Do you anticipate becoming a Science Fiction Writers of America (SFWA) qualifying market?

Realistically, we aren't aiming for that right now. We are concentrating on picking the best nine stories that are sent to us each month, getting them on the site, and making it as easy as possible for our subscribers to read and, if they wish, download them. If we get to the point where we are consistently earning out the $40 advance we give to the writers and paying out additional royalties, then we'll start to think about raising the guaranteed payments and getting closer to pro-level payment. Since the concept of high-royalty revenue sharing is a foundational part of this project, we want to pay writers more that way, not necessarily through higher base pay.

Currently Nine is available through your website, but I don’t believe (and correct me if I’m wrong) that you can buy it from Amazon, B&N or Apple. What went in to the decision to do things that way? Are you looking to sell Nine through those stores at a later date, or are you consciously avoiding them? If the latter, why?

This one's simple. They take too large of a cut. I don't think they take an unfair cut, considering the incredible amount of added exposure and marketing that their platforms provide, but if we are really going to give away 81% of what we take in on every issue, we don't want to give away too many slices of that pie. The only outside vendor that takes any percentage of the cover price right now is PayPal, and that's how it will remain for the foreseeable future. Each of those marketplaces also has their own thoughts about format, DRM, etc. We want our readers to have access to read our stories in as many ways as possible, which is why we offer a web version as well as .mobi and .epub downloads.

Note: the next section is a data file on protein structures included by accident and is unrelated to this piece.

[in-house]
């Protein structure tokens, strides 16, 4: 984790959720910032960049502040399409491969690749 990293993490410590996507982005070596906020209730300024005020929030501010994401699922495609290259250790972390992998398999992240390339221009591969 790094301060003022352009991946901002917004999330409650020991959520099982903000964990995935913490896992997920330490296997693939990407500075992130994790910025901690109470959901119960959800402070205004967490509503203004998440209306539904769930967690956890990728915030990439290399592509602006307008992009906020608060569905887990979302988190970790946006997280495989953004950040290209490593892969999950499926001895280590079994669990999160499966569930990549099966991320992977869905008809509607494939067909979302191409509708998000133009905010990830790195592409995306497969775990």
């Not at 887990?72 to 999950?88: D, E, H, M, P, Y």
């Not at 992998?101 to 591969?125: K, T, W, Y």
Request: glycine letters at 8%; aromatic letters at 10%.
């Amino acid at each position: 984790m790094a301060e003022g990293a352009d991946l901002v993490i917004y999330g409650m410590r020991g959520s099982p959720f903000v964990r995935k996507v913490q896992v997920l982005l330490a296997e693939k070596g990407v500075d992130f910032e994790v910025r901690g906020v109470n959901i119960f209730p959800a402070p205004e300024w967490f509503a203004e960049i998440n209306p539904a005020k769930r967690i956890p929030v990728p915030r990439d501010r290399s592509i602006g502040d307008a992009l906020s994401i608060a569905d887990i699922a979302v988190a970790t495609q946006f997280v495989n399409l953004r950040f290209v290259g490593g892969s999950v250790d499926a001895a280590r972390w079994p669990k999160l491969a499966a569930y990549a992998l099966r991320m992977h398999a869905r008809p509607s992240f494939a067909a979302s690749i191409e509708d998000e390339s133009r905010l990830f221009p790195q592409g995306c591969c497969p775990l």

What has been the response to issue #1 so far?

Overwhelmingly positive, with some helpful reality checks mixed in. Readers have chimed in with ways we can improve, and we've tried to take those thoughts on board without changing direction in any major ways. But overall, we've gotten 100 pats on the back for every slap on the wrist.

What can we expect from issues #2 and 3?

For one thing, Issue 2 is turning out to be quite dominated by female authors, which is exciting to us. Our first issue had great stories by Kristin Janz and Shannon Wendt, but was 7/9 male, which had a few of us a little concerned because we wanted the best fiction we could get our hands on, and that means a diversity of writers. So far, Issue 2 is much more weighted to women writers, and is oddly and entirely coincidentally dominated by Sarahs. Issue 3 is still just a twinkle in our eyes, so there's not much to say about that one. In general, we hope to settle into a nice balance between the major genres. Once again, we'd love to see more science fiction. Issue 2's novelette is scifi where #1's was pretty high fantasy, so that's going our way. Other than that - cliche alert - you'll have to read to find out!

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And there you have it! You can pick up the inaugural issue of Nine through their website. We highly recommend it, not only because they've figured out a cool way to do things, but also because the stories are really good.